I received a disappearing copy of Song of the River from Netgalley through Historical Fiction Virtual Book Tours for my honest review.
About the Book:
Publication Date: May 28, 2013
Open Road Media
Two ancient tribes on the verge of making peace become foes once more when a double murder jeopardizes a storyteller’s mission
Eighty centuries ago, in the frozen land that is now Alaska, a clubfooted male child had been left to die, when a woman named K’os rescued him. Twenty years later and no longer a child, Chakliux occupies the revered role as his tribe’s storyteller. In the neighboring village of the Near River people, where Chakliux will attempt to make peace by wedding the shaman’s daughter, a double murder occurs that sends him on a harsh, enthralling journey in search of the truth about the tragic losses his people have suffered, and into the arms of a woman he was never meant to love.
Song of the River is the first book of the Storyteller Trilogy, which also includes Cry of the Wind and Call Down the Stars.
About the Author:
Sue Harrison grew up in Michigan’s Upper Peninsula and graduated summa cum laude from Lake Superior State University with a bachelor of arts degree in English language and literature. At age twenty-seven, inspired by the cold Upper Michigan forest that surrounded her home, and the outdoor survival skills she had learned from her father and her husband, Harrison began researching the people who understood best how to live in a harsh environment: the North American native peoples. She studied six Native American languages and completed extensive research on culture, geography, archaeology, and anthropology during the nine years she spent writing her first novel, Mother Earth Father Sky, the extraordinary story of a woman’s struggle for survival in the last Ice Age. A national and international bestseller, and selected by the American Library Association as one of the Best Books for Young Adults in 1991, Mother Earth Father Sky is the first novel in Harrison’s critically acclaimed Ivory Carver Trilogy, which includes My Sister the Moon and Brother Wind. She is also the author of Song of the River, Cry of the Wind, and Call Down the Stars, which comprise the Storyteller Trilogy, also set in prehistoric North America. Her novels have been translated into thirteen languages and published in more than twenty countries. Harrison lives with her family in Michigan’s Eastern Upper Peninsula.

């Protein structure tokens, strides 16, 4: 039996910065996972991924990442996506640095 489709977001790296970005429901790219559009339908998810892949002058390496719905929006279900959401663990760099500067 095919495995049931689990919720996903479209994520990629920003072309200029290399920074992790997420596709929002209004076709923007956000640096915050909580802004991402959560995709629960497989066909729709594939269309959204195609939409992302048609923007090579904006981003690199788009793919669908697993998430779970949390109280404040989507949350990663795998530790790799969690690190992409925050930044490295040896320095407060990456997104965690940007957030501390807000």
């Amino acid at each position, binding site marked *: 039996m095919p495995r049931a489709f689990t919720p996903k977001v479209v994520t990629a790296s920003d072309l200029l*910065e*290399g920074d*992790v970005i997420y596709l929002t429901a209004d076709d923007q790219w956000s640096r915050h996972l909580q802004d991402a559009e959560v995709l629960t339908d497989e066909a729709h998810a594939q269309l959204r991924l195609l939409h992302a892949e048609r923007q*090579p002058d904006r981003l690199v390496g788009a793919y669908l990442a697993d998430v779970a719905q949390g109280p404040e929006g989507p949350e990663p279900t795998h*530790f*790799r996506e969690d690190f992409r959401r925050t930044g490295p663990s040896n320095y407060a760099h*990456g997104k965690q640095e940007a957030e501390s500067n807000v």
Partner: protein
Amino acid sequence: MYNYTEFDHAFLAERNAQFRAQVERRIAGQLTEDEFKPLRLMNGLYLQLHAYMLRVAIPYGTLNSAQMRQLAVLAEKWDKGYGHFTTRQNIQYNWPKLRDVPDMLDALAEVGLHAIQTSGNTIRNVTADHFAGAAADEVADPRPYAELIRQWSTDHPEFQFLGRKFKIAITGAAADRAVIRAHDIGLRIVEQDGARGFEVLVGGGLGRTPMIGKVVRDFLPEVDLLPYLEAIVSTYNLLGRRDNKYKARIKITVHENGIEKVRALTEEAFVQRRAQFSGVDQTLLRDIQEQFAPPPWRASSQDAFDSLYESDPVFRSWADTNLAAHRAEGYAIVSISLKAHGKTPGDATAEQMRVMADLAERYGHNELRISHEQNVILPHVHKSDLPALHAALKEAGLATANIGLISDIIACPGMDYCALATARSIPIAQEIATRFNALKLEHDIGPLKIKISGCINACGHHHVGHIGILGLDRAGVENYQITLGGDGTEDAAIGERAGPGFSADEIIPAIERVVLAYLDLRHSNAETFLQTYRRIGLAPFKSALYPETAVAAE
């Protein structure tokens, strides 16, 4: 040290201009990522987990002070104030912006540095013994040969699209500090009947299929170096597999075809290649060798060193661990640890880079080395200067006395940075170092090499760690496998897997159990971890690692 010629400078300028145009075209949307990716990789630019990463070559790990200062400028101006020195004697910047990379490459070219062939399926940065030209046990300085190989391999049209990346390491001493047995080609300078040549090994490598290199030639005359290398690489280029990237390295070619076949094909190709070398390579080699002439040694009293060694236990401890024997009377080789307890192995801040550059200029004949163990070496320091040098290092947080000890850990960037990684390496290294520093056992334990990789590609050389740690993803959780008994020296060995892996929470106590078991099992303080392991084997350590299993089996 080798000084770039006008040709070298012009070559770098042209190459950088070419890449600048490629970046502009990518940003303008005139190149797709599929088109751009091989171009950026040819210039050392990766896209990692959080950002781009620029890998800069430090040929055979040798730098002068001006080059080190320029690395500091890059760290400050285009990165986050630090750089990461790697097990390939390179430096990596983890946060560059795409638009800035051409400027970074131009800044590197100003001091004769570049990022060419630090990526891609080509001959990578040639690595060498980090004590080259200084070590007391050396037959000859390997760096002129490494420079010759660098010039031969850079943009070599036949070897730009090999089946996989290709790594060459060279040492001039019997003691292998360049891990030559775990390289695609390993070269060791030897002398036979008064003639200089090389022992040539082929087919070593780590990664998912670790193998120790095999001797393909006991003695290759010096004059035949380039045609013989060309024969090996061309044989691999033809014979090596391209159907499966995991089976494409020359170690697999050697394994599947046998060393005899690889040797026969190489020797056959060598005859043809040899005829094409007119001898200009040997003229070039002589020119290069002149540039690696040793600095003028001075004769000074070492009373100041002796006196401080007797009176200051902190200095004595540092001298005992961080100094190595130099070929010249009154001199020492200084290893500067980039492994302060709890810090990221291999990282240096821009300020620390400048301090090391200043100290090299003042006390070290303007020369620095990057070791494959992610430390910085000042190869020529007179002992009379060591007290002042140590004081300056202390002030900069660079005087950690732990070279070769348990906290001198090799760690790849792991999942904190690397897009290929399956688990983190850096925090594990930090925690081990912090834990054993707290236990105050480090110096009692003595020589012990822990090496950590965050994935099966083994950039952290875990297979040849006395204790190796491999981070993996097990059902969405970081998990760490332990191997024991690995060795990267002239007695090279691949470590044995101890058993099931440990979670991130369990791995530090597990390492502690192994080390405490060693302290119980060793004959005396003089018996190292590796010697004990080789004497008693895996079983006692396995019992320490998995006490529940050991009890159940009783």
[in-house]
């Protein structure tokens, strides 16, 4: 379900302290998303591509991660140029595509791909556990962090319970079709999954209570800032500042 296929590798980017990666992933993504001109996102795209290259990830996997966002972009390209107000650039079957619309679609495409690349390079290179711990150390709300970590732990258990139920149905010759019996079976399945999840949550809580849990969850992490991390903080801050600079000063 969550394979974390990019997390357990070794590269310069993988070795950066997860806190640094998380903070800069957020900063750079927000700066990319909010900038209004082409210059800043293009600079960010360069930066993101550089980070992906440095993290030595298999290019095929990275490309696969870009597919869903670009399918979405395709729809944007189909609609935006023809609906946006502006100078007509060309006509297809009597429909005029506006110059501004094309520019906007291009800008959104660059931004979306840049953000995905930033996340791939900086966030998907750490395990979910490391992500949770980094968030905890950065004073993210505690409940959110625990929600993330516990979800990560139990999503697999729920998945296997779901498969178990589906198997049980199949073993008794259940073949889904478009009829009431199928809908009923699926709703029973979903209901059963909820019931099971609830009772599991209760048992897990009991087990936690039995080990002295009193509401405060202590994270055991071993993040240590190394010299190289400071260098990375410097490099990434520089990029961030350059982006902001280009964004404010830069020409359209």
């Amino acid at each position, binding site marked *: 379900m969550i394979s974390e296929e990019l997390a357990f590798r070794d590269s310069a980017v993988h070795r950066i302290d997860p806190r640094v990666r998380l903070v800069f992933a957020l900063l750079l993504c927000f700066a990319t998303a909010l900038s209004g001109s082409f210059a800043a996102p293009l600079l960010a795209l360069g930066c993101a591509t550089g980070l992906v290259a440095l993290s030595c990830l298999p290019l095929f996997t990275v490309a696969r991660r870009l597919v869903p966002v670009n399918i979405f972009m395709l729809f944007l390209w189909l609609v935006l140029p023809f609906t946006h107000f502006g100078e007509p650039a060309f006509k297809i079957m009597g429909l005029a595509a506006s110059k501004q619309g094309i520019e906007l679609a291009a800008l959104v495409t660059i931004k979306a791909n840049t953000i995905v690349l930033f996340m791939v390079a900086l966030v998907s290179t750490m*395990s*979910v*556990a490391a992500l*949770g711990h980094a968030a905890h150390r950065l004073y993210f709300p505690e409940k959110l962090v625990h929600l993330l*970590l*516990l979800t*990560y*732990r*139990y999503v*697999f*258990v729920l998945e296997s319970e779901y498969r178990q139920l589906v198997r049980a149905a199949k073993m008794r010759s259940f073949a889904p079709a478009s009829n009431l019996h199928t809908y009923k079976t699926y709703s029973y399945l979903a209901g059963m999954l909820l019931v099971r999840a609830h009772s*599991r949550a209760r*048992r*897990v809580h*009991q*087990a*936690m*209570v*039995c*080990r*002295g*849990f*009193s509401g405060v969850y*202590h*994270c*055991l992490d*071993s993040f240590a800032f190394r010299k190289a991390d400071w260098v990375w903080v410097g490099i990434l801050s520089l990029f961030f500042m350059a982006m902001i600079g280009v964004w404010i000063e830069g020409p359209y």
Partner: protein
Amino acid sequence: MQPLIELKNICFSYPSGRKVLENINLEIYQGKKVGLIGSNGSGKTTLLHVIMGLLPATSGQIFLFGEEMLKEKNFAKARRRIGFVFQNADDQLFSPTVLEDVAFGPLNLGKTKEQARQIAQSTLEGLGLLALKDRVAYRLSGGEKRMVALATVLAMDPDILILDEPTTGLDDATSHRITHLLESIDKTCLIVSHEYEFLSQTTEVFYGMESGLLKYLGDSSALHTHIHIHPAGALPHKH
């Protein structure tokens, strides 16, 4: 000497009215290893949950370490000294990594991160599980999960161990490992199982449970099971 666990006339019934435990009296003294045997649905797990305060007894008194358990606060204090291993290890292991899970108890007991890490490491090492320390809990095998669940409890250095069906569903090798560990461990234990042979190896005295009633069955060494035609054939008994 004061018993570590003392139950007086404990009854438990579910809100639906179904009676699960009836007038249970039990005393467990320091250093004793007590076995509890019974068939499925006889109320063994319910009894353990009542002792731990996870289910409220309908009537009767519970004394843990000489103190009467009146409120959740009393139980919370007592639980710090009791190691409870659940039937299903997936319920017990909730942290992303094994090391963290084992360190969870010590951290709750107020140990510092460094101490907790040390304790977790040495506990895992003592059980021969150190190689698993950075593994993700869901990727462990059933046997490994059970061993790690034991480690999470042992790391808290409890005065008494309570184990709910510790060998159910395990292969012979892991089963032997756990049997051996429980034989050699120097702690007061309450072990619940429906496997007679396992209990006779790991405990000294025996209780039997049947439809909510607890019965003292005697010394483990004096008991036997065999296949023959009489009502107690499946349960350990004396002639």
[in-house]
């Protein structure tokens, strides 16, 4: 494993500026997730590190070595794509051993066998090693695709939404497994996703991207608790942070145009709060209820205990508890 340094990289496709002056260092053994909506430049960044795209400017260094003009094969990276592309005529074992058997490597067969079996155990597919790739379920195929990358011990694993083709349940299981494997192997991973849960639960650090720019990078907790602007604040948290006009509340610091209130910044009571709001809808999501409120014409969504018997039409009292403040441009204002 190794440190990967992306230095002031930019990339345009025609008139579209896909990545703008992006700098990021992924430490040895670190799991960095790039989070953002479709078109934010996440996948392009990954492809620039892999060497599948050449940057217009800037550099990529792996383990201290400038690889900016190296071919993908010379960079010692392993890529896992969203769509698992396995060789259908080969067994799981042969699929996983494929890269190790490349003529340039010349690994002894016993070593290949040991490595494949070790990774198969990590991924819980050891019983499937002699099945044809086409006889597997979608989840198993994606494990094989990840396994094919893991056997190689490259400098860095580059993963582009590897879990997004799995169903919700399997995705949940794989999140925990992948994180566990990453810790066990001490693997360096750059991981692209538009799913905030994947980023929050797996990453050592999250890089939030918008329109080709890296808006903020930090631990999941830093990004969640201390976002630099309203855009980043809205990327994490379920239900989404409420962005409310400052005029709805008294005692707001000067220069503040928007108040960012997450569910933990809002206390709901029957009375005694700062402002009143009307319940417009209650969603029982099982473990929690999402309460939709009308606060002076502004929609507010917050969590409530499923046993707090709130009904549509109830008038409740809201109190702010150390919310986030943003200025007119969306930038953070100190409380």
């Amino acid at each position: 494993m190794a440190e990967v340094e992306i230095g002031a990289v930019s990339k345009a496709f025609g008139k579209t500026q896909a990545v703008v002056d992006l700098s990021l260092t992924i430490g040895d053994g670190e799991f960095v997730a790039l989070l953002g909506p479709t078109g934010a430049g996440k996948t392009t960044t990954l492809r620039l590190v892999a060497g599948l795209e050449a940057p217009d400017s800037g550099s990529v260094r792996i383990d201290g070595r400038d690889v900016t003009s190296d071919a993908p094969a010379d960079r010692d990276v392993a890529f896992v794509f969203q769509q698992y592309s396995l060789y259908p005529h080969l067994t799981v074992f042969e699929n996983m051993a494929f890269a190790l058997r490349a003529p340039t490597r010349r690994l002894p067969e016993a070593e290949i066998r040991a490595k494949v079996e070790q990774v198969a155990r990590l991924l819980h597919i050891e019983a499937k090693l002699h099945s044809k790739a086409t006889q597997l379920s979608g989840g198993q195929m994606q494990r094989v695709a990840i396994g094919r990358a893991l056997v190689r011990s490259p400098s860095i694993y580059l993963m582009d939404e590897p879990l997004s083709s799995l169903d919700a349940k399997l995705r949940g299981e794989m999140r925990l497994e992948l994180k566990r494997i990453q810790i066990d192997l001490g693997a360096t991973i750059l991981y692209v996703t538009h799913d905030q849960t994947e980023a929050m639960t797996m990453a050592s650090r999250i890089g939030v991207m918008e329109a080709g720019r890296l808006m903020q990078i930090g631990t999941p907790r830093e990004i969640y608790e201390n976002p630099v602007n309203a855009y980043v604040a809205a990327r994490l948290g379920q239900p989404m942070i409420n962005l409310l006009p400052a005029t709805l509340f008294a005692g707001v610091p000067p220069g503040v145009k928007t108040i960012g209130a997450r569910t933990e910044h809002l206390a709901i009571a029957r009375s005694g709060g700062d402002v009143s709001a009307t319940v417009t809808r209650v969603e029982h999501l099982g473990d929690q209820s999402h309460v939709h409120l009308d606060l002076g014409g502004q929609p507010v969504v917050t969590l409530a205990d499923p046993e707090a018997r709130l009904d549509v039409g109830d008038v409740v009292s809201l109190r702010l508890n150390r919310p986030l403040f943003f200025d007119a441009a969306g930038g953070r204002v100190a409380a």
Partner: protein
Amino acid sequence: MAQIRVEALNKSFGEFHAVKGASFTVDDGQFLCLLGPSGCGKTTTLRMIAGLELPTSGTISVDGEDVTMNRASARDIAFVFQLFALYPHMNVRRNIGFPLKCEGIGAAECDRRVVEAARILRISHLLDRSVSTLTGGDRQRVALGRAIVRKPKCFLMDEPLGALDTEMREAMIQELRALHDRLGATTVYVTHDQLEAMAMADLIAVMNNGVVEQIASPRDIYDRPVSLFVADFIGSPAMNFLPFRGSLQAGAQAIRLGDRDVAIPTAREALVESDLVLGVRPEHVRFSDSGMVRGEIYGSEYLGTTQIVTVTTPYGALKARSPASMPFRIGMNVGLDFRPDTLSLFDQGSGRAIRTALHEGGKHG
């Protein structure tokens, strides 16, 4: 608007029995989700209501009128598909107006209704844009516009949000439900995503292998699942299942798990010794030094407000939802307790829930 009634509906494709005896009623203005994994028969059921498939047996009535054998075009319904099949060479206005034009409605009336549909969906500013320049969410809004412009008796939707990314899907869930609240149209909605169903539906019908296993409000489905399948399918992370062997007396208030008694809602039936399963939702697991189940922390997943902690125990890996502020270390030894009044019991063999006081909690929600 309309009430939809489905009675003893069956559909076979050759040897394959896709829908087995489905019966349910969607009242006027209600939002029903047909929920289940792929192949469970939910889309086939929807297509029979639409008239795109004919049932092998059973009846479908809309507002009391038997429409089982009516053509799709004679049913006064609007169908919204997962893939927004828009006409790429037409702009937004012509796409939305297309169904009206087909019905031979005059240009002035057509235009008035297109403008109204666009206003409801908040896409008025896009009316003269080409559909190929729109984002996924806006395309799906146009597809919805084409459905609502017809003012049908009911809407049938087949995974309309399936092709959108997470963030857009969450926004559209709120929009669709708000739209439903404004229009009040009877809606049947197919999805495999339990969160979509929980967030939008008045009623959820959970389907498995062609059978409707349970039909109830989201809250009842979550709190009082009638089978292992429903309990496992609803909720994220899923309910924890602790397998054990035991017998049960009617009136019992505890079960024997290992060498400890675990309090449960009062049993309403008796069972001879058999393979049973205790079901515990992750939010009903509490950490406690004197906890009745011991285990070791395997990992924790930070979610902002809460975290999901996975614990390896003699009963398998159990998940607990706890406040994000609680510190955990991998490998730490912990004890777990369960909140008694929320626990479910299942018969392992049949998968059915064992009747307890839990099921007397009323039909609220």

For more information please visit Sue Harrison’s website. You can also follow her on Facebook and Twitter.
This book starts in violence and then it seems to drag from there. The reader is introduced to K’os as she returns from following visitors to her village. They discover her and abuse her. She never really recovers – at least not inwardly. She returns to the scene to find a baby and she thinks he is a gift from the gods. He goes on to become her people’s storyteller.
Now in a time of suppressed violence between tribes the storyteller is going to the neighboring tribe to marry the chief’s daughter to cement peace. But his presence is the last thing that tribe wants and he is the last person to bring peace.
I didn’t love this book as much as I loved Ms. Harrison’s other book, Mother Earth Father Sky. It didn’t draw me in the same way. The characters weren’t as compelling to me. I found myself putting it down and going back to it. I do marvel at the research and attention to detail in the story and did find myself truly seeing the world Ms. Harrison created for her people.
You can see the Sue Harrison Tour Schedule HERE
You can read my review of Mother Earth Father Sky
The Ivory Carver Trilogy:
You can purchase Mother Earth Father Sky on Amazon.com
You can purchase My Sister the Moon on Amazon.com
You can purchase Brother Wind on Amazon.com
The Storyteller Trilogy:
You can purchase Song of the River on Amazon.com
You can purchase Cry of the Wind on Amazon.com
You can purchase Call Down the Stars on Amazon.com
Disclosure: I received a disappearing copy of Song of the River from Netgalley for my honest review. I received no compensation for this post – other than the honor of reading the book.